The Next Batch of Volunteers

The first half of the next batch of volunteers, Fred and Eve from Quebec, was picked up when I took Marien and Anna Marie to Williams Lake.They were forestry students but very young, and although they quoted Latin names of trees at me, they knew nothing at all about life outside the city.  Fred was watering the garden – and tramping on the carrots as he had no idea they were useful plants.  However, both of them learned well and they were incredibly hard workers, so after their month with me they proved to be very useful.  Their first job was to bake bread.Their second was to pick strawberries.  We drove down to the Precipice for this.And spent several hours processing the 40 lbs we had gathered.They had not done a chain saw course yet, so I got them started on that.This time they were preparing firewood as well as clearing up brush.  They also did almost all the finishing work on the atv shed roof.

After a couple of weeks I went into town again and picked up Sam and Eve from New York – not quite so young, but right out of the city and very unused to the whole idea of wilderness life.   They were with me for only 2 weeks which, with the time off volunteers receive (they are obliged to work about half the time) is not long enough to learn much but they did their bests.and gradually they stocked the woodshed.The second night they were here we had an ominous sunset,followed by a horrendous lighting storm.  For hours lightning flashed at least once a second, some of the bursts huge white columns banging into the ground as close as 5 kms away (judging by the 1-100, 2-100, 3-100 count.)  I expected the whole world to burst into flames – but incredibly there were no serious fires.  Thunder continued for the next couple of days but although other areas began to show up on the fire maps, our region remained unscathed.  The smoke, however, became a major problem.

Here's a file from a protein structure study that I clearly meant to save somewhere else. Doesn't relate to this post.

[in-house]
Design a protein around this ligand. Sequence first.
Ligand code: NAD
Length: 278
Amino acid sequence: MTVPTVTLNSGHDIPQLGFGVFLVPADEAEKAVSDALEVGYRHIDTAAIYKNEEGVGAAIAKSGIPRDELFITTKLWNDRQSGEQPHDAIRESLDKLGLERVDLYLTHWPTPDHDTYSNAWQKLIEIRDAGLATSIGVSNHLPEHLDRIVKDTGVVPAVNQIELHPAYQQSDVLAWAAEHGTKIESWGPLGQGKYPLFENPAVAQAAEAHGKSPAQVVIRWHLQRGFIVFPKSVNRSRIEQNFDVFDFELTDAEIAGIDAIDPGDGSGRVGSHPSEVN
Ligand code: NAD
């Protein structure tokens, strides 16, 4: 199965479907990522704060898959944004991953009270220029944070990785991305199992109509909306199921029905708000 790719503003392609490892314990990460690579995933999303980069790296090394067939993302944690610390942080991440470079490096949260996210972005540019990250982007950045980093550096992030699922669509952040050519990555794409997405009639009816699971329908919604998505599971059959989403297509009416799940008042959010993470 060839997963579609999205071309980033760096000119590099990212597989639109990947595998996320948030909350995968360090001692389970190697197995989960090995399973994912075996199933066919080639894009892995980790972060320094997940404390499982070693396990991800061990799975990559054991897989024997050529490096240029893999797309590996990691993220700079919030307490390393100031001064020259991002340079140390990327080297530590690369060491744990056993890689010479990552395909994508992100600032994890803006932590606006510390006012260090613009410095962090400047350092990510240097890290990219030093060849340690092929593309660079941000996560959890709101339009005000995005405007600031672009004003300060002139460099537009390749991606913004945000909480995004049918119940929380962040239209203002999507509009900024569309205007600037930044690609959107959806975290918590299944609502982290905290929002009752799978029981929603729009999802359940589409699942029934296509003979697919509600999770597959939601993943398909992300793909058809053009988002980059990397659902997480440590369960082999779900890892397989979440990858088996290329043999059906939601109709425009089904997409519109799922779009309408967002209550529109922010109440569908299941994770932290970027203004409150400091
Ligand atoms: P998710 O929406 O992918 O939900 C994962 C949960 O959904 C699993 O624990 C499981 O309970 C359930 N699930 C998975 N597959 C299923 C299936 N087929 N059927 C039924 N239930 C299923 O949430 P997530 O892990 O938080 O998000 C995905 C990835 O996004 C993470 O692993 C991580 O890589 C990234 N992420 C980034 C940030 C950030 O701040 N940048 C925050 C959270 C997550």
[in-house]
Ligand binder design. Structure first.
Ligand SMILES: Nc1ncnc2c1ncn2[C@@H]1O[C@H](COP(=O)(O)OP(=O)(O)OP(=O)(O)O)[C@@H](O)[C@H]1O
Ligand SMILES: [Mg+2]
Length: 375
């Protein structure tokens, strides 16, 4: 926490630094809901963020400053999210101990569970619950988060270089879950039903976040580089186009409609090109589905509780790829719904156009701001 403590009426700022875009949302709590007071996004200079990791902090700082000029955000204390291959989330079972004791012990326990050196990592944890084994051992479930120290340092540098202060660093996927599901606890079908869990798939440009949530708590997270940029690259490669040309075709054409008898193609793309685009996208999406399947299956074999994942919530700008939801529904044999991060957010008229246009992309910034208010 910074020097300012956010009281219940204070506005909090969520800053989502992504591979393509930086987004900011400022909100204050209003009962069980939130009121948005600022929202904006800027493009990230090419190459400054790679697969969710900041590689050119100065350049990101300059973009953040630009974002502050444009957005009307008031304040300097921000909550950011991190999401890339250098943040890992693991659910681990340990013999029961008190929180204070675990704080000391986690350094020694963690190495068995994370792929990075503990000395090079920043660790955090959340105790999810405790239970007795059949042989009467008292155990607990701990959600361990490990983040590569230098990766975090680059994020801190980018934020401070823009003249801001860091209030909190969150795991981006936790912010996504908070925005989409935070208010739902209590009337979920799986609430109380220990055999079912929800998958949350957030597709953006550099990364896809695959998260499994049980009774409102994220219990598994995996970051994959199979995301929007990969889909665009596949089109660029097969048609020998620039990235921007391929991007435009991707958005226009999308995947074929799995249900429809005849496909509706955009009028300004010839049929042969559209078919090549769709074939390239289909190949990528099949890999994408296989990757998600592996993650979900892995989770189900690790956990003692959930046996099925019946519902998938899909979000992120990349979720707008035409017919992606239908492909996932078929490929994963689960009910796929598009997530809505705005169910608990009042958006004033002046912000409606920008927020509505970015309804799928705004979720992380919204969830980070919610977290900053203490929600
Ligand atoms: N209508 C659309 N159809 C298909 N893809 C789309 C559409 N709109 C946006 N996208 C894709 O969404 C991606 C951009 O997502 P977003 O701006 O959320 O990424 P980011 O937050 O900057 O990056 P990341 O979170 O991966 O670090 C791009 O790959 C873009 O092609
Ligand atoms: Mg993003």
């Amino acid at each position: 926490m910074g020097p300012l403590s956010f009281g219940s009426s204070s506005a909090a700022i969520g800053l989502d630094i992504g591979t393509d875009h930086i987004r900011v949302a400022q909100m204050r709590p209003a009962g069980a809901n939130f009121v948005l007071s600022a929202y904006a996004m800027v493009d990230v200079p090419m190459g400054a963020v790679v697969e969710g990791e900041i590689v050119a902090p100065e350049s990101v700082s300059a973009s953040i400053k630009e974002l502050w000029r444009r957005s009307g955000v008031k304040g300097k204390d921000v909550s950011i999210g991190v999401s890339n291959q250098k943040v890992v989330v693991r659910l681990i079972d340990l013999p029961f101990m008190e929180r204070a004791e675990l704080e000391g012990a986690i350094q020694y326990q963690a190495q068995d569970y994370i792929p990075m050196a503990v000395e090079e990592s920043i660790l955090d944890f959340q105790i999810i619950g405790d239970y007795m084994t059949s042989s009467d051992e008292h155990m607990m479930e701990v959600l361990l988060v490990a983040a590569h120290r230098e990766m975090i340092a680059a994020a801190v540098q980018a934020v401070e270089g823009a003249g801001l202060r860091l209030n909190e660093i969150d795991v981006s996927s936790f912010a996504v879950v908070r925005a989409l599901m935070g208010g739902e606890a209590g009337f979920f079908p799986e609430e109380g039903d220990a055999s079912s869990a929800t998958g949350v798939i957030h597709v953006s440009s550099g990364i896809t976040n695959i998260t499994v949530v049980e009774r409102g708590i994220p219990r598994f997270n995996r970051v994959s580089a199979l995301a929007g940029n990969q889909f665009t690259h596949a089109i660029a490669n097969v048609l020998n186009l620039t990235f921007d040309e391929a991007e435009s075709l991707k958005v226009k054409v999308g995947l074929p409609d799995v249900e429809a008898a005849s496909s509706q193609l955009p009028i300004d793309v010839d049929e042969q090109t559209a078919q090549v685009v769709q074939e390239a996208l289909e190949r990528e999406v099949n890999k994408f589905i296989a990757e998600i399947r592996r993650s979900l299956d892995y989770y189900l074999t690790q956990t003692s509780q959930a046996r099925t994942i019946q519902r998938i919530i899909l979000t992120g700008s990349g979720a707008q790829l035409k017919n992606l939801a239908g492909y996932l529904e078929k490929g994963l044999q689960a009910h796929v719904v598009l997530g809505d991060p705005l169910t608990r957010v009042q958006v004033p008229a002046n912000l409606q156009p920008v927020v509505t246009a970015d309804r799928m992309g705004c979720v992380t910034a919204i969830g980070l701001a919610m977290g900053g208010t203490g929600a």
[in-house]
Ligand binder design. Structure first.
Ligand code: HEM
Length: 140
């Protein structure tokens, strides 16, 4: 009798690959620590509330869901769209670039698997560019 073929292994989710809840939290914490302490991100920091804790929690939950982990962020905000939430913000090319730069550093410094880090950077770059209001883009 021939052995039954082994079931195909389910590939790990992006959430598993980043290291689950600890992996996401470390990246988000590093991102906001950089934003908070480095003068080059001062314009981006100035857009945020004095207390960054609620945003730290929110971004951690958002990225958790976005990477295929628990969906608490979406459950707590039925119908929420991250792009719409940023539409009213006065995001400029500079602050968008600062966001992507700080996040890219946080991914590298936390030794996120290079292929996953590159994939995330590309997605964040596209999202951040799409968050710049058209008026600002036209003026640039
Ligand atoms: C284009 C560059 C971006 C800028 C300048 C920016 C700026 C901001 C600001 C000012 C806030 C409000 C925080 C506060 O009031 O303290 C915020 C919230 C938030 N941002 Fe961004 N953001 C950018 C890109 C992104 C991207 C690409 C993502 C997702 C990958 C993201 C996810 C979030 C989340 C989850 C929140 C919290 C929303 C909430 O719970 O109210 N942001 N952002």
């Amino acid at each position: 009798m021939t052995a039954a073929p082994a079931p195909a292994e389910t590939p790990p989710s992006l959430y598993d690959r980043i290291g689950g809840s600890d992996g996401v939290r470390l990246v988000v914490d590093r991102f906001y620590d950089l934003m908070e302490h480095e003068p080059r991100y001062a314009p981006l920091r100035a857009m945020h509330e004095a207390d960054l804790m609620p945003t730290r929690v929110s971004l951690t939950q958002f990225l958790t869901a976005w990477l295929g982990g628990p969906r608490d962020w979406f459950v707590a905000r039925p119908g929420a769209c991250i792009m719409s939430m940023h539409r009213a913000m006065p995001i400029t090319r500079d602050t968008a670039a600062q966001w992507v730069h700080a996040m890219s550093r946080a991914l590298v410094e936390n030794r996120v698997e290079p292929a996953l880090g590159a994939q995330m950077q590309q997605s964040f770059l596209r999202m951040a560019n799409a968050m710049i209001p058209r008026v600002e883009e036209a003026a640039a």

I tried to pick the best days for doing interesting things.  One cooler day with a wind change that made things a little clearer, we went down to Bella Coola.  The forestry students in particular were enraptured by the big trees.Things really liked this thimbleberry leaf.Foam flower:It was about then that my camera battery died – and I found out I had not charged the spare.  So I took no photos of the rest of the trip – the visit to the petroglyphs and the ocean – and our couple of hours’ work picking blueberries from a U-Pick farm.  Last year I collected 40lbs and decided that wasn’t enough. So I planned for 50lbs – then thought as I had 4 extra hungry people to feed, I’d get 60lbs.  We ended up with 97 lbs!!  My freezer was bulging. We had to abandon a trip to Perkin’s Peak – too smoky and risky – but in fact a wind shift gave us one clear afternoon, and we could see the fire clouds boiling up from down the Klinaklini River.The slab of smoke was to the west of us and the sun set gorily into it.Next day the wind shifted a point of two to its more normal path and we were soon enveloped again.It’s the unrelenting dreariness of it all that gets to me.One evening I treated us all to a dinner at the Terra Nostra Guest Ranch across the river. It was a treat for me as well – I didn’t have to cook – or do dishes!  It was not cheap – but it was a fantastic meal.  I had no idea they accepted off-road guests and it is something I will do again.  We and the dozens of German tourists sat outside at a long table and admired the smoke.Our street lamp.It was obvious that the smoke was quite local as the mountains around Tatla were quite sunny despite the veil of smoke between us.

About wilderness dweller

I have lived for more than 30 years as a Wilderness Dweller. Most of that time was in cabins I built myself far from the nearest road, high in the mountains of British Columbia, Canada. My "retirement" home is accessible by a bush road but still far from neighbours. I live off the grid, and operate this blog by solar-powered satellite internet.
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